In the early 1970s, a music writer called Domenic Troiano "a musician's musician." The label acted as a double-edged sword for the Canadian guitarist. Troiano is undoubtedly a solid musician, utilizing a technical and intelligent guitar style throughout his career. In his twenty years as a guitarist, songwriter, and vocalist, Troiano performed many styles of music ranging from rock to soul to jazz-fusion. On the other hand, the "musician" label led people to believe that Troiano's music was an acquired taste. Although technically skilled and often experimental, many true musicians never enjoy mainstream success. Although he is not widely known in the music world, Domenic Troiano is regarded as an extraordinary talent by those who are familiar with his work. He is a Canadian Music Hall of Fame member, and his signature guitar style can be found on many albums, including his five solo LPs. In addition to his credits as a guitarist, Troiano has also composed music for television and film and has produced albums by other artists.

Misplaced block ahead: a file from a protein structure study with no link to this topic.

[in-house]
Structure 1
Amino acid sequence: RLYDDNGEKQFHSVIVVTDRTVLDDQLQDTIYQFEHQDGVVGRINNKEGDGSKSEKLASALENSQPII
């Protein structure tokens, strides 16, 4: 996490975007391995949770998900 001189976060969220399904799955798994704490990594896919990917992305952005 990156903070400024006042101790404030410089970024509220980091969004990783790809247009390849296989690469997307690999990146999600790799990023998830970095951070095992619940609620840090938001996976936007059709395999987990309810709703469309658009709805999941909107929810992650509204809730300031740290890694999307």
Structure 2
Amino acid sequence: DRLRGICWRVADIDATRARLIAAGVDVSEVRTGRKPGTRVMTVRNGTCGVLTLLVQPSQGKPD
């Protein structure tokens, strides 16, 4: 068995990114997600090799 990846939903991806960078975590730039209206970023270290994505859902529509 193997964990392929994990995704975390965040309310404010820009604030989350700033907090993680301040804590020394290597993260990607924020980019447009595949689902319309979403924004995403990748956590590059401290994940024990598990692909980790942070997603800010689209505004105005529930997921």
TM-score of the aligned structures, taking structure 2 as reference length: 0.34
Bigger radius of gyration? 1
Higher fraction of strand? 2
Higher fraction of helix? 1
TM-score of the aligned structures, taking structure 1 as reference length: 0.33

Domenic Troiano was born in Modugno, Italy on January 17, 1946. His family moved to Toronto, Canada three years later. In his early teens, Domenic developed a love for rock and R&B music. One of his earliest idols was Canada's own Robbie Robertson. "Influences were the early rock and roll guys... Chuck Berry, Elvis," Troiano said in 1996. "Then I got into blues stuff. I used to see Robbie Robertson a lot in the bars because back then, they'd have a matinee where we'd get in on one side of the bar and just have Cokes." Troiano picked up the guitar at 15. He taught himself how to play by purchasing chord books and studying the work of his guitar heroes. Troiano soon found himself in the middle of a burgeoning music scene in Toronto. Only a few years after picking up the guitar, Domenic replaced Robertson in rockabilly singer Ronnie Hawkins's band. The first song he ever wrote, "The One For Me," became the B-side of Robbie Lane and the Disciples' first single. Troiano stayed for eight months until musical differences set in. He continued to develop his own style of playing. Domenic joined the house band at Toronto's Blue Note club. The group soon began playing venues besides the famous Toronto hangout. After leaving the Blue Note, the group named themselves the Five Rogues, then the Rogues, and later Mandala.